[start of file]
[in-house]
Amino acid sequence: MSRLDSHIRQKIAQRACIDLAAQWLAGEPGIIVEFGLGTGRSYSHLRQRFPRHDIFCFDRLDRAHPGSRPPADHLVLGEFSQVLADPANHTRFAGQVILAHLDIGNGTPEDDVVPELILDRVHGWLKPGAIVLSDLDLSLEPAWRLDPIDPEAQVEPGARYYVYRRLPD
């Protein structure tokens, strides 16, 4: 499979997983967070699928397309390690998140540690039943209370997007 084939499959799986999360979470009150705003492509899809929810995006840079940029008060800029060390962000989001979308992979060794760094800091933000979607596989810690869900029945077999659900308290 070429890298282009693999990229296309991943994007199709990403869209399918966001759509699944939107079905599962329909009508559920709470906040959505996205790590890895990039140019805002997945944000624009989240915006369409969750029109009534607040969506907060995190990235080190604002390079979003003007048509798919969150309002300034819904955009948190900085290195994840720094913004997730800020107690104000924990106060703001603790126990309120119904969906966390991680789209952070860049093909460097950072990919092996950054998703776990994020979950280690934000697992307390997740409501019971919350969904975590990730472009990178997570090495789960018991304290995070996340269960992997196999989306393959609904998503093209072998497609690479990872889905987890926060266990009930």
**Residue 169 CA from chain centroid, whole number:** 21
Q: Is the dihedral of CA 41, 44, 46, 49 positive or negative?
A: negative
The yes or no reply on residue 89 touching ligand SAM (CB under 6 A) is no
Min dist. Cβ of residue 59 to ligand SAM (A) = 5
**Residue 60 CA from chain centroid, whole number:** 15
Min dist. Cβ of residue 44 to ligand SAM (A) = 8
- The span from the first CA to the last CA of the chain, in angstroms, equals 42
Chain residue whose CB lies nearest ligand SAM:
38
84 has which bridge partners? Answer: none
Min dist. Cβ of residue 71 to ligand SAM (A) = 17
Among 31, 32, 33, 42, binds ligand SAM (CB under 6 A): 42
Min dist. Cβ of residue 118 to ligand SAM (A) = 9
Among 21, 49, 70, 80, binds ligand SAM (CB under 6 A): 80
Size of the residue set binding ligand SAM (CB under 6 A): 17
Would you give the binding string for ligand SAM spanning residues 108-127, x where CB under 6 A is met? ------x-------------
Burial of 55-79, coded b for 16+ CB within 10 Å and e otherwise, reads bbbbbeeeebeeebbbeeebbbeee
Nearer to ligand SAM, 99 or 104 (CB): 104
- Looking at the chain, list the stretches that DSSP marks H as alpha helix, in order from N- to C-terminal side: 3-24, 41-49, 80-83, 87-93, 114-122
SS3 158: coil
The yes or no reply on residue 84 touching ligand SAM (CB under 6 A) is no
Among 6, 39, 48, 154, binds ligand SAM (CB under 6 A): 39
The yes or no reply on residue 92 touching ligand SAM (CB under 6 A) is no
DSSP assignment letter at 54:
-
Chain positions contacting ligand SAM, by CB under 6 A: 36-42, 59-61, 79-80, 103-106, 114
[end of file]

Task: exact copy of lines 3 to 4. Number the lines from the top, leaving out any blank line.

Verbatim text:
């Protein structure tokens, strides 16, 4: 499979997983967070699928397309390690998140540690039943209370997007 084939499959799986999360979470009150705003492509899809929810995006840079940029008060800029060390962000989001979308992979060794760094800091933000979607596989810690869900029945077999659900308290 070429890298282009693999990229296309991943994007199709990403869209399918966001759509699944939107079905599962329909009508559920709470906040959505996205790590890895990039140019805002997945944000624009989240915006369409969750029109009534607040969506907060995190990235080190604002390079979003003007048509798919969150309002300034819904955009948190900085290195994840720094913004997730800020107690104000924990106060703001603790126990309120119904969906966390991680789209952070860049093909460097950072990919092996950054998703776990994020979950280690934000697992307390997740409501019971919350969904975590990730472009990178997570090495789960018991304290995070996340269960992997196999989306393959609904998503093209072998497609690479990872889905987890926060266990009930």
**Residue 169 CA from chain centroid, whole number:** 21